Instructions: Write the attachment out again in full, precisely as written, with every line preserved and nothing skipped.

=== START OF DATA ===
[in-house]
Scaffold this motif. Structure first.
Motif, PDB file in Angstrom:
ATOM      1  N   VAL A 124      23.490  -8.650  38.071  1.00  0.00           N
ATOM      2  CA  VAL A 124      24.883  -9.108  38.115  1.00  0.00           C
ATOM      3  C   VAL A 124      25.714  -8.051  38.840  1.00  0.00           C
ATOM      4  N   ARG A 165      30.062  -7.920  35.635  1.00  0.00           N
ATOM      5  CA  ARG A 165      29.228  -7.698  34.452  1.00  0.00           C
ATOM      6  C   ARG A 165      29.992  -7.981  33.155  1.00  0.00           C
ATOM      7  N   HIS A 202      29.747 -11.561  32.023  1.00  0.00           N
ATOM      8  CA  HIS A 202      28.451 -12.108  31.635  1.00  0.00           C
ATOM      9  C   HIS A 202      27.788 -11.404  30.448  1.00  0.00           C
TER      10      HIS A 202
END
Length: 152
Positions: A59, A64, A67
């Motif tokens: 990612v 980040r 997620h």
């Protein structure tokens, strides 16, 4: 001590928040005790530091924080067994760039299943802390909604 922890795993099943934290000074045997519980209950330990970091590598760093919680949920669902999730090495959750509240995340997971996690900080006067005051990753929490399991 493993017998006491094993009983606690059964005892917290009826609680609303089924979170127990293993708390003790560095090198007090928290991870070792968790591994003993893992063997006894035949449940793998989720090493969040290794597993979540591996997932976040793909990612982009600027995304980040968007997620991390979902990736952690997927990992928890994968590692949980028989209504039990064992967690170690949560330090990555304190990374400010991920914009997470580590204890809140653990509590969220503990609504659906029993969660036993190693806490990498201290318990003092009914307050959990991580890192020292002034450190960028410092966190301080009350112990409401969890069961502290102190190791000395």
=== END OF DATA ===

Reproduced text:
[in-house]
Scaffold this motif. Structure first.
Motif, PDB file in Angstrom:
ATOM      1  N   VAL A 124      23.490  -8.650  38.071  1.00  0.00           N
ATOM      2  CA  VAL A 124      24.883  -9.108  38.115  1.00  0.00           C
ATOM      3  C   VAL A 124      25.714  -8.051  38.840  1.00  0.00           C
ATOM      4  N   ARG A 165      30.062  -7.920  35.635  1.00  0.00           N
ATOM      5  CA  ARG A 165      29.228  -7.698  34.452  1.00  0.00           C
ATOM      6  C   ARG A 165      29.992  -7.981  33.155  1.00  0.00           C
ATOM      7  N   HIS A 202      29.747 -11.561  32.023  1.00  0.00           N
ATOM      8  CA  HIS A 202      28.451 -12.108  31.635  1.00  0.00           C
ATOM      9  C   HIS A 202      27.788 -11.404  30.448  1.00  0.00           C
TER      10      HIS A 202
END
Length: 152
Positions: A59, A64, A67
């Motif tokens: 990612v 980040r 997620h």
């Protein structure tokens, strides 16, 4: 001590928040005790530091924080067994760039299943802390909604 922890795993099943934290000074045997519980209950330990970091590598760093919680949920669902999730090495959750509240995340997971996690900080006067005051990753929490399991 493993017998006491094993009983606690059964005892917290009826609680609303089924979170127990293993708390003790560095090198007090928290991870070792968790591994003993893992063997006894035949449940793998989720090493969040290794597993979540591996997932976040793909990612982009600027995304980040968007997620991390979902990736952690997927990992928890994968590692949980028989209504039990064992967690170690949560330090990555304190990374400010991920914009997470580590204890809140653990509590969220503990609504659906029993969660036993190693806490990498201290318990003092009914307050959990991580890192020292002034450190960028410092966190301080009350112990409401969890069961502290102190190791000395």